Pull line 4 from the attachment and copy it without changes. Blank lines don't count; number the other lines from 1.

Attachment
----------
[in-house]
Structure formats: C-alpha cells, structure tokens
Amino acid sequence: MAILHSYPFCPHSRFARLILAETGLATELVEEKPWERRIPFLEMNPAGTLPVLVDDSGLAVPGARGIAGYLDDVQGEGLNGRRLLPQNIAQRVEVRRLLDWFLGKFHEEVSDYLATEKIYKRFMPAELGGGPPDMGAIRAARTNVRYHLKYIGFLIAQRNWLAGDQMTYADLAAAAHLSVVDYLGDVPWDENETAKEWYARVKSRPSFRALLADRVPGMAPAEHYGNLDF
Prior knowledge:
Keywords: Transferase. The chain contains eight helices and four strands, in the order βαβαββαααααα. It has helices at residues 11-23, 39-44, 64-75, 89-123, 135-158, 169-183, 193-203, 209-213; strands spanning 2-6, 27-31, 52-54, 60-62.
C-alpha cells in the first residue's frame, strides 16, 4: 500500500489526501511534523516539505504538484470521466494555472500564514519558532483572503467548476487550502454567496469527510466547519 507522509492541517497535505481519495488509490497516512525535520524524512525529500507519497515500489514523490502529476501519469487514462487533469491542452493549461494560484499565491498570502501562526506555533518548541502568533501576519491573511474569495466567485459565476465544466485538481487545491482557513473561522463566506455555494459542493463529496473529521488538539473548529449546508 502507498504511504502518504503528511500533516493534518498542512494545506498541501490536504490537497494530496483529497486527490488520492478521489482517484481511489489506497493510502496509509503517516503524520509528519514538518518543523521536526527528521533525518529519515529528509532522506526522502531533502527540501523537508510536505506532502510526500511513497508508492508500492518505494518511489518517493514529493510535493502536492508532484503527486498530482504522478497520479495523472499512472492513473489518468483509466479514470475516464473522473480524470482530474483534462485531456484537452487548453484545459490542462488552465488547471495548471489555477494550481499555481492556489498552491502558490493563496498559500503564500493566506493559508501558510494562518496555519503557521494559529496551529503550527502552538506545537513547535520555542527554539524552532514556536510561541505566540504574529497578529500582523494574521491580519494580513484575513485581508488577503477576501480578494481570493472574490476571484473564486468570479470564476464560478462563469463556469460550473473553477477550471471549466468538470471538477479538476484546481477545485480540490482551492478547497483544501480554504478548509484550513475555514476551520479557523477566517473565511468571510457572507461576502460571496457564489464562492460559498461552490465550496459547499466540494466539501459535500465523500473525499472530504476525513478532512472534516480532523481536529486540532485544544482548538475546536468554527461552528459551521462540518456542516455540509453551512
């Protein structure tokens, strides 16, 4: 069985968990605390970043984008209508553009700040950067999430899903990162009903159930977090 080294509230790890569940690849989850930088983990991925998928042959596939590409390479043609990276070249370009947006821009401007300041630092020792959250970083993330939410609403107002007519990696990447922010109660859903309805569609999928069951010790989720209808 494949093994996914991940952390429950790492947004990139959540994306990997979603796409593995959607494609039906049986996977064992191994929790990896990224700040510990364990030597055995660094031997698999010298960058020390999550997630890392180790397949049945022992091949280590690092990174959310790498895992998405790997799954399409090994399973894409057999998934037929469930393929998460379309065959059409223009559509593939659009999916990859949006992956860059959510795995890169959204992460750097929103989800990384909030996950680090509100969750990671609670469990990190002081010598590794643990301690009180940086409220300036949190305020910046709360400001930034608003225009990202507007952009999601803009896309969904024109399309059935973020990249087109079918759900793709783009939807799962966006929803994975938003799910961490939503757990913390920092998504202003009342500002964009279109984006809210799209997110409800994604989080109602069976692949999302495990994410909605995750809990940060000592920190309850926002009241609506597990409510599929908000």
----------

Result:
Prior knowledge: